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The CEO of Whole Foods Shares the 9 Tips That Help Him Run His Company for the Greater Good Jason Buechel, CEO of Whole Foods Market, shares the best leadership advice he's picked up over the course of his career.

By Jason Nazar

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Imagine running a world-famous company, one that you know many people depend on daily. How do you scale the business without compromising the values that inspired its start in the first place? For my latest Leadership Lessons episode, I had the chance to talk to the CEO of a multinational supermarket chain synonymous with the words healthy, local and organic: Whole Foods Market's CEO Jason Buechel.

I picked his brain about what it's like to oversee more than 100,000 Whole Foods Market employees across 535 stores in the U.S., Canada and the U.K.

Buechel joined the Austin, Texas-based chain in 2013 as global vice president and chief information officer. He later served as chief operating officer and provided operational leadership over the grocery chain's 500-plus locations.

Before Whole Foods Market, Buechel was allowed to soak up knowledge and experience as the managing director/partner within Accenture's Retail Operations Practice, where he worked with leading retailers on strategic business and technology transformation.

Throughout our talk, it was abundantly clear that Buechel serves as a champion of Whole Foods Market's culture and values and is committed to increasing access to local, quality food for the communities it serves. Here are nine invaluable lessons Buechel shared with me during our conversation:

1. The sky's the limit when you're following your passions

And that means not focusing on the things you want to say, but rather on the things you need to hear. Try to understand the scenario at any given moment, and don't allow for any misinterpretation on your part when it's your time to talk.

Related: How One Leader Has Persevered Through 20 Years of Change in the Travel Industry

2. Understand the vantage point of each stakeholder, and find a balanced approach

All stakeholders want to be involved. Let them in on the challenges you face so they can help develop or contribute to a solution.

3. Allow team members to let you know they are connected to the mission and help shape the culture

Promote a culture of co-creation with team members at all levels, and work to cultivate a culture that supports and promotes connection to a higher purpose and core values. In the case of Whole Foods Market, that's being store-centric.

4. Be patient in your 20s

It's not a race. Buechel told me he finished college in three-and-a-half years because he thought he was ready to be done and join the workforce. Looking back, he says it's a benefit to soak up what people are inclined to offer you in your 20s. Be a sponge, and absorb everything worthwhile from everyone you know.

Related: Not Every Leader Has to Be Steve Jobs, And 9 Other Pieces of Advice from Redfin CEO Glenn Kelman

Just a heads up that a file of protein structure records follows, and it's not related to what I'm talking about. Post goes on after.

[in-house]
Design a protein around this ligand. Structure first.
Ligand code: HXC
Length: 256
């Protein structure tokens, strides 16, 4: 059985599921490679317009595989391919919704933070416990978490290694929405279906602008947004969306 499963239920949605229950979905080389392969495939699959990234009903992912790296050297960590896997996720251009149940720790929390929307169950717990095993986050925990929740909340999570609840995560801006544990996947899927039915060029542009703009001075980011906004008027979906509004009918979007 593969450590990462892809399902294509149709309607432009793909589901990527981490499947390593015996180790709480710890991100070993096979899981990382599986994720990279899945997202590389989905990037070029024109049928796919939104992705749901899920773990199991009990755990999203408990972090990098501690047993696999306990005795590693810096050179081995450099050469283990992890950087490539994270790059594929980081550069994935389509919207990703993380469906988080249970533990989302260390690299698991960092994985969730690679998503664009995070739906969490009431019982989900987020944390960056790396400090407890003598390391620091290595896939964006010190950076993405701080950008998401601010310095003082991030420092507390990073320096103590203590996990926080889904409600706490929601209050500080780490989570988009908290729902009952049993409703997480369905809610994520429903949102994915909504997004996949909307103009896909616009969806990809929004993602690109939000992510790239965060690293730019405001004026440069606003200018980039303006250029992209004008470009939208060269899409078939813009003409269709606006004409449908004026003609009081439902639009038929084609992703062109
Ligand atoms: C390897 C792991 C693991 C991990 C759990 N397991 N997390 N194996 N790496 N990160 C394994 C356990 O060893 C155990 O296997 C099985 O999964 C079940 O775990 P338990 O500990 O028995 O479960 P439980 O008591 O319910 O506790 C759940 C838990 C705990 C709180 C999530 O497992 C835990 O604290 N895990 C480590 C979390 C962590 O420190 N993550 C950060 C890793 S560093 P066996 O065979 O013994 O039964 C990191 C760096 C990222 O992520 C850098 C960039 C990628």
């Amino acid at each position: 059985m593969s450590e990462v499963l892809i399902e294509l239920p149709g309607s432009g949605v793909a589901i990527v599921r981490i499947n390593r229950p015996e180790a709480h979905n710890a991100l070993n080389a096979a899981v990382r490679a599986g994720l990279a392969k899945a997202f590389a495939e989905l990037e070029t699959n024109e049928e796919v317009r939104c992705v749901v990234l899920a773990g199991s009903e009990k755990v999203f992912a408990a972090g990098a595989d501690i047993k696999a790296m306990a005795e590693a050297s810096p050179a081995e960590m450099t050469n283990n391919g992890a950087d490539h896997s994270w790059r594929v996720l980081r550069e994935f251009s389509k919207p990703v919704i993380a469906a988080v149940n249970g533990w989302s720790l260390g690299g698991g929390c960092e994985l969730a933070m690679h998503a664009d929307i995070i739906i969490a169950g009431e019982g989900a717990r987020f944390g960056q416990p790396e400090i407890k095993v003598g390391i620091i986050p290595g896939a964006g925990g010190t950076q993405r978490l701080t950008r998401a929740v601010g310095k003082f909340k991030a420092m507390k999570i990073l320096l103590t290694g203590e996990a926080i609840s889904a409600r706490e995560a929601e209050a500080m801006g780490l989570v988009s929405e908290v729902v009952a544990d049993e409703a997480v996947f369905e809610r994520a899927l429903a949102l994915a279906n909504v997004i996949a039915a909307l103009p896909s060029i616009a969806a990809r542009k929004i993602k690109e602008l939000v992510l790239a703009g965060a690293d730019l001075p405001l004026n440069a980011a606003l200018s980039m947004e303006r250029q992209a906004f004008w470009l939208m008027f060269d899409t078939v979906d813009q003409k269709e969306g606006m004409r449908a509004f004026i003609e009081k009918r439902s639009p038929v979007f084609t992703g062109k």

5. Make sure you have a rich life outside of work

Don't allow the paper cuts of making personal sacrifices for work to add up to regret when it comes to the decisions you've made. You only live once. Don't trade off on things that are fleeting: Work will always be there.

6. Never stop taking risks professionally

Switching jobs, changing clients and taking risks are all uncomfortable, but if you're not pushing boundaries you're never going to know your fullest potential.

7. You won't realize how much stronger your power to communicate as a CEO is until you're there

When you become the leader of an organization, your power of communication is hugely increased in ways you won't fully understand until you're actually in the driver's seat. When you do realize that, you can take the organization anywhere.

8. Co-create what you're looking to put into place

Have a team to build your company with, and move those people along with you. You'll find that driving change will be difficult otherwise.

Related: How This Tech Leader Found Her Voice and Took the Reins of a Major Company

9. Don't overthink the end goal

Buechel's message to future CEOs is that if you do all the right work, grow yourself and support your team, good things will happen. It's not going to be a linear experience. Zig-zags are inevitable. So get comfortable with being uncomfortable.

For more from my hour with Buechel, watch the full webinar here. The growing collection of episodes from our series gives readers access to the best practices of successful CEOs from over 30 of the biggest brands, including Wayfair, Redfin, Booking.com, Heineken, Headspace, Zoom, Chipotle, Warby Parker and ZipRecruiter, to name a few.

Jason Nazar

Entrepreneur Leadership Network® VIP

Comparably Co-Founder & Serial Tech Entrepreneur

Jason Nazar is a serial tech entrepreneur, investor and advisor with two successful exits under his belt. Most recently he was co-founder/CEO of Comparably (acquired by ZoomInfo), a leading workplace culture and employee review site. Prior to that, he was founder/CEO of Docstoc (acquired by Intuit).

Want to be an Entrepreneur Leadership Network contributor? Apply now to join.

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